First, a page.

Two museums are planning a joint marketing campaign around the theme of “exploration.” Both museums promote exploration as part of their mission; one has an upcoming exhibit on the theme of space exploration. The campaign will include a brochure, joint ticketing, and a social media campaign.
Early on in this collaboration, the museums need to decide what the brochure looks like. As the museums’ staff sit together to discuss the brochure, two visions are put forth:
Option 1: The brochure includes a section for each museum, with selected programs that exemplify the idea of exploration. The brochure is focused specifically on museum visitation, and includes incentives such as gift shop coupons.
Option 2: The brochure includes a section for each museum, with selected programs that exemplify the idea of exploration. It also includes a panel on the broader topic of exploration, and suggestions for other sites to explore around the region. It is focused on the larger idea of exploration, and encouraging people to become explorers.
One museum argues for Option 1, putting forth a compelling, clear argument: The goal of the marketing campaign is to get visitors to the two collaborating museums, and so the brochure should focus on these museums and that goal. By “exploration” we mean exploration of the two museums, and there is plenty to explore inside both places.Including other sites around the region complicates the marketing message. In addition, the brochure costs money, and these marketing dollars should directly benefit the two museums putting forth the money.
Another museum argues for Option 2, suggesting a different rationale: If the museums are to promote exploration, than the brochure should offer a larger picture of exploration, what it is, and how readers can explore. In the bigger picture of this campaign, success will mean that visitors become explorers – meaning that they are interested in learning more about the world around them, including visiting new places and learning new things, and that they have ideas of how to transfer these behaviors beyond the two museums. This success is best achieved with materials that support the larger picture. Ultimately, visitors will embrace the museums because they feel that the museums stand for something larger than a museum visit. They will visit, and become members, and even support the museum in other ways if and only if they understand the museum as offering something of value to their lives beyond a fun place to go. The idea of exploration is a wonderful way to promote something of larger value.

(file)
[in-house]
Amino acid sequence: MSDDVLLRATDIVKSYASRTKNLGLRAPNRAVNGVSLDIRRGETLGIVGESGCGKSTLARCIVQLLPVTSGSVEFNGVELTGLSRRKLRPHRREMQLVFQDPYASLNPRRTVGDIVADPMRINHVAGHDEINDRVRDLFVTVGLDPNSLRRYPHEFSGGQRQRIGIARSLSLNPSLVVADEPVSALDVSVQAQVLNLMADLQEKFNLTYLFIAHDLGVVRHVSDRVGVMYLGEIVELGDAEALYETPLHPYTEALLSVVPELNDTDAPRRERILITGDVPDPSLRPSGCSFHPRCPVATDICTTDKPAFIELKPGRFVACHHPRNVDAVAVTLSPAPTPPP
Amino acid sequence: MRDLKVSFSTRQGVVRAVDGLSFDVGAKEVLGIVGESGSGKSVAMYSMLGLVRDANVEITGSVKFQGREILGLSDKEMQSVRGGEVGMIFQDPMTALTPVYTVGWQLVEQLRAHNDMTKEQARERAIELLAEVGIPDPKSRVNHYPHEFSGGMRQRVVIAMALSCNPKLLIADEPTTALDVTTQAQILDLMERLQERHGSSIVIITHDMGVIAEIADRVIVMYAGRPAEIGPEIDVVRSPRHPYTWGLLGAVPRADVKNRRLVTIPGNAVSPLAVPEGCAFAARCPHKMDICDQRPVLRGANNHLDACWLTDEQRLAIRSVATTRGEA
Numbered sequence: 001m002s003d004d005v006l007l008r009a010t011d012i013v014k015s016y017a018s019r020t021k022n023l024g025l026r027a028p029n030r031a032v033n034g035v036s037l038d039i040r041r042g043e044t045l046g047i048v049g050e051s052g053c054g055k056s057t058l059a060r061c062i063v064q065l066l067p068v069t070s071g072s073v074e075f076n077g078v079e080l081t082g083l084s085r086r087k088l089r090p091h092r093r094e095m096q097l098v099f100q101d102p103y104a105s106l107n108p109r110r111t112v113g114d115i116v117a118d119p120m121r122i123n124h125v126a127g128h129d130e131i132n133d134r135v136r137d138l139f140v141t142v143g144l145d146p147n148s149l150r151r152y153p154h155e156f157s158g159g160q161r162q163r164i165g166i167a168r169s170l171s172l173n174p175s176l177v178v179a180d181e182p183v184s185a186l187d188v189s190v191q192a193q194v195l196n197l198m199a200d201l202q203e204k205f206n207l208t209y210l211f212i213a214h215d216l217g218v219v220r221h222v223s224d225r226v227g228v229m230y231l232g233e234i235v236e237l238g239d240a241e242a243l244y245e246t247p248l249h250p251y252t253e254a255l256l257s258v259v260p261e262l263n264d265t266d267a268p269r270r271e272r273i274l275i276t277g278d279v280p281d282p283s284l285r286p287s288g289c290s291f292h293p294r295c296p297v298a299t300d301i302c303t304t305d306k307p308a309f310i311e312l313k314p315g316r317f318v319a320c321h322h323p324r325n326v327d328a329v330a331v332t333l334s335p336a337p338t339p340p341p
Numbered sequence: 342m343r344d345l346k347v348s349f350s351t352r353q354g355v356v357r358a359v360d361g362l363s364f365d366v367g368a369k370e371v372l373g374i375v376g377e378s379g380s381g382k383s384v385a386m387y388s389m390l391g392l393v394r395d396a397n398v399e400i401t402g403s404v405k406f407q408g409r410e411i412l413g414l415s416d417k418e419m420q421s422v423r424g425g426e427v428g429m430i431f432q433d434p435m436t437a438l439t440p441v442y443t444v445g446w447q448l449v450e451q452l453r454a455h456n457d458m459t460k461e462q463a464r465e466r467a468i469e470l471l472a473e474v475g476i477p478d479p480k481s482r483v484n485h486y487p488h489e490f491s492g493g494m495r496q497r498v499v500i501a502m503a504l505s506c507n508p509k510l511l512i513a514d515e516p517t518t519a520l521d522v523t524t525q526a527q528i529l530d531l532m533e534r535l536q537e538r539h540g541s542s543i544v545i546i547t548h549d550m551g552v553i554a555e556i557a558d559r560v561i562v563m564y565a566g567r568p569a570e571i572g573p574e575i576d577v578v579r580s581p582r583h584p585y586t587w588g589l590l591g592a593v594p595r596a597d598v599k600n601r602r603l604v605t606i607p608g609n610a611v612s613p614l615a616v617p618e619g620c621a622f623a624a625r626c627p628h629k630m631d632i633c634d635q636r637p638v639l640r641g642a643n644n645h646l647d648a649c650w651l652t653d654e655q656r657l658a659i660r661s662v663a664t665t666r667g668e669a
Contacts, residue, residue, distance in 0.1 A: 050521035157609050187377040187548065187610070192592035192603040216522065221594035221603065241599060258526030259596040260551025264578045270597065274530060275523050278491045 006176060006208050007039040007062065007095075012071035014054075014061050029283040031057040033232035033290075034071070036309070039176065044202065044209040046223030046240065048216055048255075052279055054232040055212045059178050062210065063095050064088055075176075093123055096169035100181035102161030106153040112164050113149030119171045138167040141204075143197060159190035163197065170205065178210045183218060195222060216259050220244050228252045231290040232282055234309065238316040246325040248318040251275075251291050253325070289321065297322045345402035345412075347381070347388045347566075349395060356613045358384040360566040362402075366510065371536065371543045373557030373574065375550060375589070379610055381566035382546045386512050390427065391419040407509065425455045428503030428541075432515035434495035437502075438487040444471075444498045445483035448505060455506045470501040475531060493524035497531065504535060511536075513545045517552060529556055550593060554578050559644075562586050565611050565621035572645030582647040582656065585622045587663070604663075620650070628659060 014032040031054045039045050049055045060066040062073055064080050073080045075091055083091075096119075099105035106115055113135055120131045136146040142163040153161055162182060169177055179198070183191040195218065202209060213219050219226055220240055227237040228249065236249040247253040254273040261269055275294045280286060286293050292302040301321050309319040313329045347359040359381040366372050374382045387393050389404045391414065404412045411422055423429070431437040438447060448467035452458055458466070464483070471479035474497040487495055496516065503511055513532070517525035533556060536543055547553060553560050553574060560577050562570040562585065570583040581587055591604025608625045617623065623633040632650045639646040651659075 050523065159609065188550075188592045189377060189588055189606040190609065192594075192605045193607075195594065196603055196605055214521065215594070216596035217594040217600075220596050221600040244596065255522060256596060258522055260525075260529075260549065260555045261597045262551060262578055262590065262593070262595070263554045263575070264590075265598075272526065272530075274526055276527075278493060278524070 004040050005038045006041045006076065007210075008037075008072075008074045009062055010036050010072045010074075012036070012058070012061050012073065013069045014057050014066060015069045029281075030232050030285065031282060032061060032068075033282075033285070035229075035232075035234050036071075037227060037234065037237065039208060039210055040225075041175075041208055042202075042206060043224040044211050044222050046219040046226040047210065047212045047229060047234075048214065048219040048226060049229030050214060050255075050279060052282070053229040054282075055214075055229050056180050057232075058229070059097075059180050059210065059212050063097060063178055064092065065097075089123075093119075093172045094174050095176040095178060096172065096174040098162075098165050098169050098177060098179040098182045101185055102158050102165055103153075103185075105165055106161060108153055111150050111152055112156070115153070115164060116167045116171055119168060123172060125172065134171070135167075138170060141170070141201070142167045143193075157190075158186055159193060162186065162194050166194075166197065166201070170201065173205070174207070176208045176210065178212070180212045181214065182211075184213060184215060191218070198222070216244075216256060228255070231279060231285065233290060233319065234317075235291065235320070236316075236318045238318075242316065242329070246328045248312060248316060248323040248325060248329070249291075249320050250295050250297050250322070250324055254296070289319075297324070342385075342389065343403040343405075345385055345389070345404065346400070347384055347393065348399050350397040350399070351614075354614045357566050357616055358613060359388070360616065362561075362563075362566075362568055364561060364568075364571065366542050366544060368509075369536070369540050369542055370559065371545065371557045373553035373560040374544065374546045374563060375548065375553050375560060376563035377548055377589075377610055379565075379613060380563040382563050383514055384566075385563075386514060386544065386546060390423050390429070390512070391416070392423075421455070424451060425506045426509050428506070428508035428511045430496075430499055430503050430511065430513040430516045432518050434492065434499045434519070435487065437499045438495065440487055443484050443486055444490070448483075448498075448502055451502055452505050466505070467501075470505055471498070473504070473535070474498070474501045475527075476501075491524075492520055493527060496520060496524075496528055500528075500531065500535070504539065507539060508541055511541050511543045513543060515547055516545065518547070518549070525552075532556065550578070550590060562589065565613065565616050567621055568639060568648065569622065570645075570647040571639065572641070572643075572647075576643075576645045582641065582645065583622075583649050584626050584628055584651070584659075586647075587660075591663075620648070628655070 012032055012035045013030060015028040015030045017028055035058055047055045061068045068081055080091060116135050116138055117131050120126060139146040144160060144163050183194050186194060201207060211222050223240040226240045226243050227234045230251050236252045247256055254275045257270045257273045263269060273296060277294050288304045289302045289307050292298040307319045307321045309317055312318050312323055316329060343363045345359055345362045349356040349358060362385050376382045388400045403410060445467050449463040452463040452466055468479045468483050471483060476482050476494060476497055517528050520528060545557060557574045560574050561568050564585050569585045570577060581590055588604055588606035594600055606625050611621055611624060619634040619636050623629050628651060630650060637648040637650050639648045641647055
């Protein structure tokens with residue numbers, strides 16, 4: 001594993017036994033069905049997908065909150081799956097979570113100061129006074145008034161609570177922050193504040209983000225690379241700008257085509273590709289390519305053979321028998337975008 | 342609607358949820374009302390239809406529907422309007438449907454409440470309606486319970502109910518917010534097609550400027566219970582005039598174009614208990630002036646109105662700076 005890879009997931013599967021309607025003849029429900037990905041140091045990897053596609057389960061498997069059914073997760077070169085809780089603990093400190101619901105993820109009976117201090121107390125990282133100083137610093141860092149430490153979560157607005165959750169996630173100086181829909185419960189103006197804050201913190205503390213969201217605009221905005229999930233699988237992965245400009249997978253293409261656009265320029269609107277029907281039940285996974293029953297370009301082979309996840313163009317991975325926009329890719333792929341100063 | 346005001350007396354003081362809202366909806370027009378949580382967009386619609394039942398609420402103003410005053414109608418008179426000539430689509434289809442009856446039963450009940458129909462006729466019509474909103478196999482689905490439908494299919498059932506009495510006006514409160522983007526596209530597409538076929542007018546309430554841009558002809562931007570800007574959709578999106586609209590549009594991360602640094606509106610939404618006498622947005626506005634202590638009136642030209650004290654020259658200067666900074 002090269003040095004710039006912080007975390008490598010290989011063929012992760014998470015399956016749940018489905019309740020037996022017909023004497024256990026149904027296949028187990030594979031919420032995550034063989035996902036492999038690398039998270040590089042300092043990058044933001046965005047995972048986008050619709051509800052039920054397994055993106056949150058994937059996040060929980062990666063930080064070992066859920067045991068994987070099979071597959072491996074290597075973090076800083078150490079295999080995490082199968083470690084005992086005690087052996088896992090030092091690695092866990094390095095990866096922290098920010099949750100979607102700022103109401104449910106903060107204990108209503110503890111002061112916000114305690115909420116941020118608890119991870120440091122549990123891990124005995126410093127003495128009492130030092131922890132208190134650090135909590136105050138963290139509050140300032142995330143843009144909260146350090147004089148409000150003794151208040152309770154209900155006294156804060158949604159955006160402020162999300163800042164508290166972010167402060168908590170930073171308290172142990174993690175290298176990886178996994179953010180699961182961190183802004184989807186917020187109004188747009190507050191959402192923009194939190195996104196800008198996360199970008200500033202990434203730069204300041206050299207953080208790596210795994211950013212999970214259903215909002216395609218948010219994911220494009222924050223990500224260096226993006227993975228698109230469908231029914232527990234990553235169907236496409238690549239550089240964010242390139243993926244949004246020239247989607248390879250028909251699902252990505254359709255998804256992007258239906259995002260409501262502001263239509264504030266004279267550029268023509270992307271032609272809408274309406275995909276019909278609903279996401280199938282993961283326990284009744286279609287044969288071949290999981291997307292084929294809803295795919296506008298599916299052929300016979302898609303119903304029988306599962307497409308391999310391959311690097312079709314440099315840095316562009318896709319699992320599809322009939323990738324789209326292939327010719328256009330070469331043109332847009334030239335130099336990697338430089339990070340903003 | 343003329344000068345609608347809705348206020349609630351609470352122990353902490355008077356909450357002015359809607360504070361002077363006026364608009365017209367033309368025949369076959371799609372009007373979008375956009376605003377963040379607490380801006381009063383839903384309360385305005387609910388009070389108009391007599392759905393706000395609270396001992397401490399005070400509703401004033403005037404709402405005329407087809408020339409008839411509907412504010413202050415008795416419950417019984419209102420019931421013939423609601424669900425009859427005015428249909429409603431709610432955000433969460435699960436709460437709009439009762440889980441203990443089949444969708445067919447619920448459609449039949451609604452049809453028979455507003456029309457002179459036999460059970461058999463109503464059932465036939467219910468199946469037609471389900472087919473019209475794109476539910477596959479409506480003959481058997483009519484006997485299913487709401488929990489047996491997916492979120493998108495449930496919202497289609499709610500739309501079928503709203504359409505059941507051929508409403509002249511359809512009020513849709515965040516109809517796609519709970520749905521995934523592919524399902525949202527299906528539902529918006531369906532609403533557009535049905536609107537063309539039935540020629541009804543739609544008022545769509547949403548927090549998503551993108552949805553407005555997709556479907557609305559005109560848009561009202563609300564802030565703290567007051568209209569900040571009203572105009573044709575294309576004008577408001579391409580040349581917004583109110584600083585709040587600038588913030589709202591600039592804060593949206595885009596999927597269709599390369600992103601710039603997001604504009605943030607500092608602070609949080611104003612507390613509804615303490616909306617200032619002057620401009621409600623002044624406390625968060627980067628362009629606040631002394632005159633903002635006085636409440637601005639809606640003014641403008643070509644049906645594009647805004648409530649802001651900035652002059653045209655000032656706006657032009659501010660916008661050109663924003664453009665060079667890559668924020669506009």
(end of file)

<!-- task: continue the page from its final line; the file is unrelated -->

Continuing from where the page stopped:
Over the past week, I have spoken to a number of people about this, and read articles on both marketing and museums and value. Although I began as a proponent of Option 2, I am finding that marketing professionals, as well as potential visitors, are clearly advocates for Option 1.
I am realizing that Option 2 is less of a marketing piece, and more of an educational piece. But this leaves me wondering – would the educational brochure ultimately be more effective than the marketing brochure? It is more mission focused and more useful, and equally branded. An education piece could be put out in all the same brochure racks as the marketing piece.
So, what is the line between education materials and marketing? When is the better option straightforward marketing, and when is it mission-focused education materials?
How do marketing materials convey value without being complicated? How do you ensure that an idea like “exploration” is a true value, and that the museums deliver on this value, rather than just using it as a marketing tool? What is the role of the marketing piece in the constellation of museum value?
I’m still trying to figure this one out, and hope readers will weigh in!